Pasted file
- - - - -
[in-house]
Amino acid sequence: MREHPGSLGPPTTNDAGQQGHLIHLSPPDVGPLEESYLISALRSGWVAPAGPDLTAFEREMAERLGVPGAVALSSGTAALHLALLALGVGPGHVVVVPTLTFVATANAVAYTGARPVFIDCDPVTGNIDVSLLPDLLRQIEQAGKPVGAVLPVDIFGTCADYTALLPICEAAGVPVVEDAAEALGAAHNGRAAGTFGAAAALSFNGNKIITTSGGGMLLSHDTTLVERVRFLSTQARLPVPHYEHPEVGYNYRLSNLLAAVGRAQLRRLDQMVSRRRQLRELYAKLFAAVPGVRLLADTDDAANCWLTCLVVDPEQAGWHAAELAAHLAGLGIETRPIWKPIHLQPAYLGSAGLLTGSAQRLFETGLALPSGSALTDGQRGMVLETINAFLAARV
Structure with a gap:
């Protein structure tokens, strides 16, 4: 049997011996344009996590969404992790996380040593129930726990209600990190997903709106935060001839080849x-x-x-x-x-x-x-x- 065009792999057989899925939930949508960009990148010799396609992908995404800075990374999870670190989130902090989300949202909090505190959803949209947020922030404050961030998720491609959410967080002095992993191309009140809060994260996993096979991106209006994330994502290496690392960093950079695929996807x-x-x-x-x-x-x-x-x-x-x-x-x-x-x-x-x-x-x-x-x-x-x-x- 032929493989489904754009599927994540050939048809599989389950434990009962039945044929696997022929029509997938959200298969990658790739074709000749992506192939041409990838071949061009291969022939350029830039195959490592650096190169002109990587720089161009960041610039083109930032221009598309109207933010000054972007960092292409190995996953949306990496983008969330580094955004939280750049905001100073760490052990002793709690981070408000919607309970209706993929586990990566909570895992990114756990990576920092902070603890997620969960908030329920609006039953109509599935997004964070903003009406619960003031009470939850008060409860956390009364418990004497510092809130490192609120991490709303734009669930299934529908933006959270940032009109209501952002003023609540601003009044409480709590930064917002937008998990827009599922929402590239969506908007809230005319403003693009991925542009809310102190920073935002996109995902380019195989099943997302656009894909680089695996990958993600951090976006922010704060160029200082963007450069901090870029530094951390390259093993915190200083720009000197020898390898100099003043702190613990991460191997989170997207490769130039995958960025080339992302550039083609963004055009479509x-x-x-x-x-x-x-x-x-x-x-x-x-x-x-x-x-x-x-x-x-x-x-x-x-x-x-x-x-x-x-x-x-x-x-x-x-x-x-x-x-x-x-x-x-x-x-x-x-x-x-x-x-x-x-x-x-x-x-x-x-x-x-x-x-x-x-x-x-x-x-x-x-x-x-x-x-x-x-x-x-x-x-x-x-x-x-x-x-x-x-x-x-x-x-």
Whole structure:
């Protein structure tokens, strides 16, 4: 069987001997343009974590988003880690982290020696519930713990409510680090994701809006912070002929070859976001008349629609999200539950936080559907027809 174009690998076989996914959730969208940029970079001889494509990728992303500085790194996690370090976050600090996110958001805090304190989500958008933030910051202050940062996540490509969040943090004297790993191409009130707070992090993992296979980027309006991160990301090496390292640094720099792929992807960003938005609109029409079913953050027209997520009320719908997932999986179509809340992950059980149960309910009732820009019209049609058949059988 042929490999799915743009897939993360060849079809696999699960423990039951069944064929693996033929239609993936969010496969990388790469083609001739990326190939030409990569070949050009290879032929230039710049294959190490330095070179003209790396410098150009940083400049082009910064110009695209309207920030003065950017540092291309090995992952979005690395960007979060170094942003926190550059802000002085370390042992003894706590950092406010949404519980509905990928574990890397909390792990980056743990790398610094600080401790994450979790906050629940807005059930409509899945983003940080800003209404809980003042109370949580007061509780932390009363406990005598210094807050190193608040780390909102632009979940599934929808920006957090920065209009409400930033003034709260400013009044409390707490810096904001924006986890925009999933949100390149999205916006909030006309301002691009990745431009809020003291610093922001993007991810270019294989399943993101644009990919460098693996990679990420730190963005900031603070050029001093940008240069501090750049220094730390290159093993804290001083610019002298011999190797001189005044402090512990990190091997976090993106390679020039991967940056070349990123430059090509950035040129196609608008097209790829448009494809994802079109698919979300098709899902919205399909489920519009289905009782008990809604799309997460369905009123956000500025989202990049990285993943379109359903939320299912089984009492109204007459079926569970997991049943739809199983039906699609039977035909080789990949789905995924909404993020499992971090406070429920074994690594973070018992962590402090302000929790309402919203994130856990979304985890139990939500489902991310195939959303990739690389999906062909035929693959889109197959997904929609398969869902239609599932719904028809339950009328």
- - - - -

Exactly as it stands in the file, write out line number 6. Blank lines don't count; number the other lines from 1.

């Protein structure tokens, strides 16, 4: 069987001997343009974590988003880690982290020696519930713990409510680090994701809006912070002929070859976001008349629609999200539950936080559907027809 174009690998076989996914959730969208940029970079001889494509990728992303500085790194996690370090976050600090996110958001805090304190989500958008933030910051202050940062996540490509969040943090004297790993191409009130707070992090993992296979980027309006991160990301090496390292640094720099792929992807960003938005609109029409079913953050027209997520009320719908997932999986179509809340992950059980149960309910009732820009019209049609058949059988 042929490999799915743009897939993360060849079809696999699960423990039951069944064929693996033929239609993936969010496969990388790469083609001739990326190939030409990569070949050009290879032929230039710049294959190490330095070179003209790396410098150009940083400049082009910064110009695209309207920030003065950017540092291309090995992952979005690395960007979060170094942003926190550059802000002085370390042992003894706590950092406010949404519980509905990928574990890397909390792990980056743990790398610094600080401790994450979790906050629940807005059930409509899945983003940080800003209404809980003042109370949580007061509780932390009363406990005598210094807050190193608040780390909102632009979940599934929808920006957090920065209009409400930033003034709260400013009044409390707490810096904001924006986890925009999933949100390149999205916006909030006309301002691009990745431009809020003291610093922001993007991810270019294989399943993101644009990919460098693996990679990420730190963005900031603070050029001093940008240069501090750049220094730390290159093993804290001083610019002298011999190797001189005044402090512990990190091997976090993106390679020039991967940056070349990123430059090509950035040129196609608008097209790829448009494809994802079109698919979300098709899902919205399909489920519009289905009782008990809604799309997460369905009123956000500025989202990049990285993943379109359903939320299912089984009492109204007459079926569970997991049943739809199983039906699609039977035909080789990949789905995924909404993020499992971090406070429920074994690594973070018992962590402090302000929790309402919203994130856990979304985890139990939500489902991310195939959303990739690389999906062909035929693959889109197959997904929609398969869902239609599932719904028809339950009328």